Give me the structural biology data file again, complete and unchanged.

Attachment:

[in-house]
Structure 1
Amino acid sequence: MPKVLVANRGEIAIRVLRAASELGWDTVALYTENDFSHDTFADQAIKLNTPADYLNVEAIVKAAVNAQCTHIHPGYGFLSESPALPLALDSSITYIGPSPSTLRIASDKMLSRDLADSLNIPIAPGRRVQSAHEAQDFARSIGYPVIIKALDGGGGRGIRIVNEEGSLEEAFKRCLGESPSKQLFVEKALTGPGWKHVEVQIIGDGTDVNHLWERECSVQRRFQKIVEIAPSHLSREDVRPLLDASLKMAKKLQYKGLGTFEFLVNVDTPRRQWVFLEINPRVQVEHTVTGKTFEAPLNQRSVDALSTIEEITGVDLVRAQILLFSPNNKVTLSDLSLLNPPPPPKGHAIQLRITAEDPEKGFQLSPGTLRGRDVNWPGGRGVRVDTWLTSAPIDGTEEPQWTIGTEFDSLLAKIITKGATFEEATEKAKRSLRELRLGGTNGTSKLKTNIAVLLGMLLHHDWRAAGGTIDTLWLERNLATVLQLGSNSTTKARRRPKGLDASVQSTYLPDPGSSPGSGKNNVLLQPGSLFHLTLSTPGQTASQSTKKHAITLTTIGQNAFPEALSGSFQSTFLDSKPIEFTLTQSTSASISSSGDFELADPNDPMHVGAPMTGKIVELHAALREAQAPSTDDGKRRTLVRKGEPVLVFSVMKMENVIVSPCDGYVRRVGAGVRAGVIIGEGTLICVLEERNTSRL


[in-house]
Structure 1
Amino acid sequence: MPKVLVANRGEIAIRVLRAASELGWDTVALYTENDFSHDTFADQAIKLNTPADYLNVEAIVKAAVNAQCTHIHPGYGFLSESPALPLALDSSITYIGPSPSTLRIASDKMLSRDLADSLNIPIAPGRRVQSAHEAQDFARSIGYPVIIKALDGGGGRGIRIVNEEGSLEEAFKRCLGESPSKQLFVEKALTGPGWKHVEVQIIGDGTDVNHLWERECSVQRRFQKIVEIAPSHLSREDVRPLLDASLKMAKKLQYKGLGTFEFLVNVDTPRRQWVFLEINPRVQVEHTVTGKTFEAPLNQRSVDALSTIEEITGVDLVRAQILLFSPNNKVTLSDLSLLNPPPPPKGHAIQLRITAEDPEKGFQLSPGTLRGRDVNWPGGRGVRVDTWLTSAPIDGTEEPQWTIGTEFDSLLAKIITKGATFEEATEKAKRSLRELRLGGTNGTSKLKTNIAVLLGMLLHHDWRAAGGTIDTLWLERNLATVLQLGSNSTTKARRRPKGLDASVQSTYLPDPGSSPGSGKNNVLLQPGSLFHLTLSTPGQTASQSTKKHAITLTTIGQNAFPEALSGSFQSTFLDSKPIEFTLTQSTSASISSSGDFELADPNDPMHVGAPMTGKIVELHAALREAQAPSTDDGKRRTLVRKGEPVLVFSVMKMENVIVSPCDGYVRRVGAGVRAGVIIGEGTLICVLEERNTSRL